From Food to Nightlife What Ramadan Means for Travelers in Islamic Countries

Around March 23, the fasting month of Ramadan begins for Muslims around the world. What that means for tourists in Egypt, Morocco or Turkey.

Ramadan is a very special month for Muslims worldwide. Believers refrain from eating, drinking, smoking and sex during the day. Fasting is also one of the five basic duties for them.

This year Ramadan begins on March 22nd and ends on April 21st. The times can vary slightly from country to country as they depend on the sighting of the new moon.

While there are no restrictions at all in the Balkan country of Albania and visitors hardly notice anything about Ramadan, it has a major impact on people’s everyday lives in other Muslim countries. And tourists often feel that there too.

Eating and drinking in Ramadan: After sunset, things get sociable

For package tourists with full board in hotels in Morocco, on the Maldives or in Turkey nothing changes in Ramadan. Except that in the evening there may be more sweets to choose from at the buffet and the staff can be slower and less focused at times. However, alcohol is usually still served there.

Cafés and restaurants outside of the hotels, on the other hand, are often closed during the day. In Egypt, the operators can decide for themselves. In Tunisia and Morocco, only a few bars are open outside of the tourist areas. In Tunisia you can also see many locals who are not fasting themselves, eating and drinking hidden behind closed shutters or tarpaulins.

In the evening, most restaurants and cafes stay open late and offer plenty of treats to break the fast (iftar) after sunset. Foreign visitors are of course also welcome as guests.

In Turkey, however, tourists should plan their dinner outside of the hotel before or after breaking the fast. A reservation is often necessary in order to get one of the coveted seats in the restaurants. By the way, there are no restrictions on the sale of alcohol in the country.

In Tunisia, on the other hand, no alcohol is sold in supermarkets during Ramadan. In some bars – also outside the hotels – guests can still drink beer, wine and cocktails.

By the way, it is not expected anywhere that tourists fast themselves, but it is rewarded with a lot of recognition. However, out of respect for locals, travelers should not eat, drink or smoke in public during the day. Many fasting people find this impolite.

Some sights have shorter opening times

In some Muslim countries, opening times are shortened during Ramadan. In Egypt, for example, sights such as the pyramids and museums close an hour or two earlier than usual, and in Tunisia, too, tourist attractions and shops are often not open as long as usual. Travelers should therefore plan their sightseeing there particularly well during the month of fasting.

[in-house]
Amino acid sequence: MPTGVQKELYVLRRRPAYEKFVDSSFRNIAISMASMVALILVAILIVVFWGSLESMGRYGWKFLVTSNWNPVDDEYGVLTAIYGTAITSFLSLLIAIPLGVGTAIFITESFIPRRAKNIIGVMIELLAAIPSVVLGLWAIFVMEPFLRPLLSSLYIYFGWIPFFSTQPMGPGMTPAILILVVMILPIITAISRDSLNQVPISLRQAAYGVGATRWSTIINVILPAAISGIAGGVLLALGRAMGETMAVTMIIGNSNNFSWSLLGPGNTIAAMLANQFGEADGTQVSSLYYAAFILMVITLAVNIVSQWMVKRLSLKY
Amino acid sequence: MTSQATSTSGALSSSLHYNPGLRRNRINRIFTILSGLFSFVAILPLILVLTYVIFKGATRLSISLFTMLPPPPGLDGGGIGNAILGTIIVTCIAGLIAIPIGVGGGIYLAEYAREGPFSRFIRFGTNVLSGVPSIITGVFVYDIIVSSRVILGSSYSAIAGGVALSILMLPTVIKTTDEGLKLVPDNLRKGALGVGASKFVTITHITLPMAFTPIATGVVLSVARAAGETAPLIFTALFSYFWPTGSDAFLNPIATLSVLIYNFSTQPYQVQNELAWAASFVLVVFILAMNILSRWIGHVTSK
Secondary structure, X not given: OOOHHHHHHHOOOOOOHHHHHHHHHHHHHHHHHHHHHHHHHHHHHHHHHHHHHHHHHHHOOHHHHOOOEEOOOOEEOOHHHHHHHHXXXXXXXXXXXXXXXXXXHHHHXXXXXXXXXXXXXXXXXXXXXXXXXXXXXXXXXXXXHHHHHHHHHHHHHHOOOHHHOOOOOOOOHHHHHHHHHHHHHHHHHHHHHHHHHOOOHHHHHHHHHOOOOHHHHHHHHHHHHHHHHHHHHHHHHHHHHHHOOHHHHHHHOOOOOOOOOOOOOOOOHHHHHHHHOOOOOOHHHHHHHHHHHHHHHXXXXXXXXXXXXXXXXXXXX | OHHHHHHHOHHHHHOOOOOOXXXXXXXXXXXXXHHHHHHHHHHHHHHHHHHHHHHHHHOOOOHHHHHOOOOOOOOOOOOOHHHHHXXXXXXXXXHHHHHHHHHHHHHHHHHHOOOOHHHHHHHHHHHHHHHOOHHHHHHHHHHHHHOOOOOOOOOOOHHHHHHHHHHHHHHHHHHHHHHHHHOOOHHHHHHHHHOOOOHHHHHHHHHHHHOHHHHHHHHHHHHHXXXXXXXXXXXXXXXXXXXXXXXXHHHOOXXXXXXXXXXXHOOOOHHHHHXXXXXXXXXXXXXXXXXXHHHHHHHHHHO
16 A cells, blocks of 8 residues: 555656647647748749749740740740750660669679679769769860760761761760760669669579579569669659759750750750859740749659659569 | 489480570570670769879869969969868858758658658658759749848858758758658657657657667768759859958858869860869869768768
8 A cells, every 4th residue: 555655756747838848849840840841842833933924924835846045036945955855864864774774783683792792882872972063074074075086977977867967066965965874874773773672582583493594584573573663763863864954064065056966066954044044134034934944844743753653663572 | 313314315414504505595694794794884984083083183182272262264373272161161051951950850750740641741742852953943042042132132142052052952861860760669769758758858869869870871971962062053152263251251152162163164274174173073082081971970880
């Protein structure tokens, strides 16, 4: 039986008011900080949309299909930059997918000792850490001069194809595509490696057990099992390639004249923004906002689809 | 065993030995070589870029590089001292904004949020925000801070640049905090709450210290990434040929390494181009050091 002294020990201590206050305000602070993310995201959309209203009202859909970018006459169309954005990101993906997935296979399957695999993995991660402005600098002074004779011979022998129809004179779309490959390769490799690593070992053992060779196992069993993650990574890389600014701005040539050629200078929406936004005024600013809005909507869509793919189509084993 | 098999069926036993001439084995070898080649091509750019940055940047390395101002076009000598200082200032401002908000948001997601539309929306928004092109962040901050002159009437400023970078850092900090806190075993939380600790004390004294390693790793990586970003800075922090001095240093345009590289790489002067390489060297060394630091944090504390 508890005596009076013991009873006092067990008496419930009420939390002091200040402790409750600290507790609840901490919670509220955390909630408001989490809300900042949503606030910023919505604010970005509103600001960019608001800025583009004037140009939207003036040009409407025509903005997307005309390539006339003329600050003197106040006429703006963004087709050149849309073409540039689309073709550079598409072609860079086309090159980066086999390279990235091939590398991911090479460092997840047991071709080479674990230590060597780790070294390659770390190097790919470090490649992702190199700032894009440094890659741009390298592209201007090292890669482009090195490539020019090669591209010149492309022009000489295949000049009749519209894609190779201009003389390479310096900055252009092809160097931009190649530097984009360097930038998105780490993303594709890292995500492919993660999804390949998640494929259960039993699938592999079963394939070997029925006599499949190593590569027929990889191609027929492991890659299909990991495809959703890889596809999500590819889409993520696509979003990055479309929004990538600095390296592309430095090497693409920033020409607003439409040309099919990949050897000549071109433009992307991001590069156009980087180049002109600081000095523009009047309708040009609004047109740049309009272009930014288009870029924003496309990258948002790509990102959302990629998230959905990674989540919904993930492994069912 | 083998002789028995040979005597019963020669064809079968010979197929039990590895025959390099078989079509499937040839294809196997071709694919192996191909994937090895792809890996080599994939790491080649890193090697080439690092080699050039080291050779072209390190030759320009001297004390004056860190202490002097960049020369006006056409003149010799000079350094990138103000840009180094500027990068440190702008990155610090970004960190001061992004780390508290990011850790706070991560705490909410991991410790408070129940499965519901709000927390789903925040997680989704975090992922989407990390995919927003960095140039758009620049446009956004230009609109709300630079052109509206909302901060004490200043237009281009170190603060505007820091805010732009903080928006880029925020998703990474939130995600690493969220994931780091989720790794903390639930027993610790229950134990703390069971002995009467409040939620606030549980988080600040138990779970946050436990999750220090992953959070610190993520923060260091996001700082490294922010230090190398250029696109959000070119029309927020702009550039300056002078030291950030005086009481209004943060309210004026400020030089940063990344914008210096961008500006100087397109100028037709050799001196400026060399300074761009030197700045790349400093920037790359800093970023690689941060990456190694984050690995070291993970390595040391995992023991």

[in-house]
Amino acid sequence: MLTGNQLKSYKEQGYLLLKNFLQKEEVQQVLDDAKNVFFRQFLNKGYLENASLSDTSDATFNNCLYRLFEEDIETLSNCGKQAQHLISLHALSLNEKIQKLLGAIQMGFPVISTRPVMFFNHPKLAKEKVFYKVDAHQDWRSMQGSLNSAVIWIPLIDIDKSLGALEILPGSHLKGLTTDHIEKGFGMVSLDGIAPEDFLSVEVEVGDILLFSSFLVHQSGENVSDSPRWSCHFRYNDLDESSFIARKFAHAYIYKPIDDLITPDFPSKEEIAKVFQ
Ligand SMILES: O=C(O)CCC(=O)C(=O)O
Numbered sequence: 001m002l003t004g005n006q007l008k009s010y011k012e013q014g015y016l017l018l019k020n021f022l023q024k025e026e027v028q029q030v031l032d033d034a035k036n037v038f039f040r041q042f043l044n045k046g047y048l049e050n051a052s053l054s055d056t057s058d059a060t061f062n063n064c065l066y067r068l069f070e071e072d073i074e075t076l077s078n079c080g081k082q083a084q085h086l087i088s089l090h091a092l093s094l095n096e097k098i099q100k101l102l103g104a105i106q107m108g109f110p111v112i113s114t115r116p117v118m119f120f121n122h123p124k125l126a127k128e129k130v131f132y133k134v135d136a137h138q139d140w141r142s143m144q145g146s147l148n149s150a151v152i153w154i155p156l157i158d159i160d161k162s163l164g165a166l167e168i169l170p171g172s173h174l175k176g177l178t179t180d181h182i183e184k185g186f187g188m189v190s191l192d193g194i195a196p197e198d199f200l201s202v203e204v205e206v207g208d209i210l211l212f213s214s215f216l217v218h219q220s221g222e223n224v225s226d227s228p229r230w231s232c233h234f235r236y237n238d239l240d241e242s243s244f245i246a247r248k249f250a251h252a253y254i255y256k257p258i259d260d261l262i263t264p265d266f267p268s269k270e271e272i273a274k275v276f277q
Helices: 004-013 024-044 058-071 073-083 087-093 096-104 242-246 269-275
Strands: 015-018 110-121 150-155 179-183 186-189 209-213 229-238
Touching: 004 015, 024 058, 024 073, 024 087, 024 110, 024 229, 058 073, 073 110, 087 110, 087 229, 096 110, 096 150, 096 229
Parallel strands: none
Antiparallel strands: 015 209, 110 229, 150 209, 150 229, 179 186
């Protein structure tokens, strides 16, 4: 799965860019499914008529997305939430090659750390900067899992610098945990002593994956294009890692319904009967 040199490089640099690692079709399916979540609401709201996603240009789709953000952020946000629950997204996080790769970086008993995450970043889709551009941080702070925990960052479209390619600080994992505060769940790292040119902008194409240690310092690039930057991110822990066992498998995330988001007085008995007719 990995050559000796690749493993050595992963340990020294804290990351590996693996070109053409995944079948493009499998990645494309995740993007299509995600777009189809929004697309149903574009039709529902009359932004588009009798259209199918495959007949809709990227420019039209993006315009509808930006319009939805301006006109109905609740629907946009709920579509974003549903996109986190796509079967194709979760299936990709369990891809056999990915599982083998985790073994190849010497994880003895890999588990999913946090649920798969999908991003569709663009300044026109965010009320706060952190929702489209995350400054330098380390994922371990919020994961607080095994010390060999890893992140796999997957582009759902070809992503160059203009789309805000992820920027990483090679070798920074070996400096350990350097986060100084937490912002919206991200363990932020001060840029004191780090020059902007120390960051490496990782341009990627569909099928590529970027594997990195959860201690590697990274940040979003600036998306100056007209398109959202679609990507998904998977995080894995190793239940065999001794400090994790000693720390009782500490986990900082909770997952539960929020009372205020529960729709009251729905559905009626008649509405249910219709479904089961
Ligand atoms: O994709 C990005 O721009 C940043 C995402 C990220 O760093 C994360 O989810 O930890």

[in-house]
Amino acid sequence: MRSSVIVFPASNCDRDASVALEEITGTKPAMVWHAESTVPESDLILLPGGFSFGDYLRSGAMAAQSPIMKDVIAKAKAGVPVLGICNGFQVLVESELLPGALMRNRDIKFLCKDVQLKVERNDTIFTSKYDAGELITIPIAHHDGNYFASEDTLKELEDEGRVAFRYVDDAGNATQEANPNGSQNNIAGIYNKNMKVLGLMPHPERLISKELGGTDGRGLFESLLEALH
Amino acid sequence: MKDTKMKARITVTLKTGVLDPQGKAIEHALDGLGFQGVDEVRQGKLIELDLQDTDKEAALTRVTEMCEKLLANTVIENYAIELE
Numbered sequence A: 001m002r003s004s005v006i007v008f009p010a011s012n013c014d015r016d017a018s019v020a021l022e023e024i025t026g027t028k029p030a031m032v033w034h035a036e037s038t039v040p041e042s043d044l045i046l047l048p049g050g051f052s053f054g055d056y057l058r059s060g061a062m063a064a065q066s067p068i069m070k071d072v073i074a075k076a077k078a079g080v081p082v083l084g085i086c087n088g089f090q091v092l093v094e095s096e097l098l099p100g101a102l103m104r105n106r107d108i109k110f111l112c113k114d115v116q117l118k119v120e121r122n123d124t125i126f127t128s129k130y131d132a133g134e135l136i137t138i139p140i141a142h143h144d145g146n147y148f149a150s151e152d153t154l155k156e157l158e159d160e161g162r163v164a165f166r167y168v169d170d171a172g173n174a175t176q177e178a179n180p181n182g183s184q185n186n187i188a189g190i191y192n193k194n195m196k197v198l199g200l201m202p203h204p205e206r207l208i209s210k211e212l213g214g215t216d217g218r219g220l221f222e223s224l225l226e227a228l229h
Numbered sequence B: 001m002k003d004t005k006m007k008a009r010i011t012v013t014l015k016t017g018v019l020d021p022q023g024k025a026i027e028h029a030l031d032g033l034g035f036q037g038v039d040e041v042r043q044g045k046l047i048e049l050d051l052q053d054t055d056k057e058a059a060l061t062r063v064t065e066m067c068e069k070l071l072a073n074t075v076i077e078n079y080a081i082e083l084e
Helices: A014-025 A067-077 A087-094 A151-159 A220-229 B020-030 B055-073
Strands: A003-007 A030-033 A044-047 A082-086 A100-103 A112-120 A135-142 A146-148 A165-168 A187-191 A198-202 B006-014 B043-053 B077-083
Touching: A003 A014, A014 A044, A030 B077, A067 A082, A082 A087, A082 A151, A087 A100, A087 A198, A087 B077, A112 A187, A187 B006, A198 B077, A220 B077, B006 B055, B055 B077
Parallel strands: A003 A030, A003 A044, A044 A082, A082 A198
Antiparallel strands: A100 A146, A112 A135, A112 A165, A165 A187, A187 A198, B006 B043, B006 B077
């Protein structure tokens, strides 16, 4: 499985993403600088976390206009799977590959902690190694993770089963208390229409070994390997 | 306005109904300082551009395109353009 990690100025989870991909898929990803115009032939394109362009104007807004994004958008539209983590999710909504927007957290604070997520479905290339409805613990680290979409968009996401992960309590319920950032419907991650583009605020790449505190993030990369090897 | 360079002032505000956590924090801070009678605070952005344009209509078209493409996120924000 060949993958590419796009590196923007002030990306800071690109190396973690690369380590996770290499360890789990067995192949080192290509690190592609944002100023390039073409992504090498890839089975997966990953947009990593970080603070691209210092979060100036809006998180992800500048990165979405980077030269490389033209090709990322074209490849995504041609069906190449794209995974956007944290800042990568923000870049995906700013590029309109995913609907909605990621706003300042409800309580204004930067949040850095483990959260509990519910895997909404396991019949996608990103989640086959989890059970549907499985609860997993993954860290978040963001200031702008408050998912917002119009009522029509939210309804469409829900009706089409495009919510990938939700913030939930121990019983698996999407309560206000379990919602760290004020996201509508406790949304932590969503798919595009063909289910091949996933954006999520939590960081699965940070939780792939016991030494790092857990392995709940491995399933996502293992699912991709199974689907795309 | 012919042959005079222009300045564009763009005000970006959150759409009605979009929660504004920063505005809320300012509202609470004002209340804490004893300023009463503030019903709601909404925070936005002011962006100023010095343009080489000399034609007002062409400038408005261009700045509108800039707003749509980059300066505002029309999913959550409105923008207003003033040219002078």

In Turkey, on the other hand, there are usually no changes in opening hours. By the way, during the festival of breaking the fast after Ramadan (Eid al-Fitr), many shops remain completely closed.

Transport: It is best to rent your own car during Ramadan

Local public transport is also often restricted during Ramadan. For example in Morocco and Tunisia, where buses are often fully booked days in advance, as many people visit their relatives during this time. In addition, public transport runs there less frequently and often only until the afternoon. Booking in good time is therefore a must for tourists as well.

It is also difficult to find a taxi around sunset, as the drivers are usually busy breaking the nightly fast themselves.

Alternatively, visitors who like to travel can of course rent their own car during Ramadan or organize a private driver to get from A to B comfortably. In Egypt and Tunisia, the cost of private chauffeurs is usually affordable.

Observe the dress code in public during Ramadan

During Ramadan, it is advisable for tourists to pay particular attention to dress codes. While it is still acceptable for foreigners to swim in bikinis or swimming trunks on the hotel beach, they should be more covered up in public. Shorts and tank tops are not popular everywhere, especially during the month of fasting. By the way, short clothing is not allowed in mosques at any time. Women are also required to cover their hair there. This is not necessary in public – even during Ramadan.

Night becomes day in Ramadan

In countries like Morocco, Tunisia and Egypt, life tends to shift into the night during Ramadan. In the old town of Tunis, many bars attract locals and tourists with live music in the evening. Tunisian youth in particular party late into the night in the narrow streets and on the hip roof terrace cafés. For tourists, it is a good opportunity to get a glimpse of local life.

A trip to Egypt during Ramadan is also worthwhile because of the special atmosphere: the cities are festively decorated and many people are in a festive mood. The two largest cities, Cairo and Alexandria, are also easier to explore on foot during the month of fasting. The otherwise hopelessly congested streets are empty because many Egyptians spend time at home with their families.

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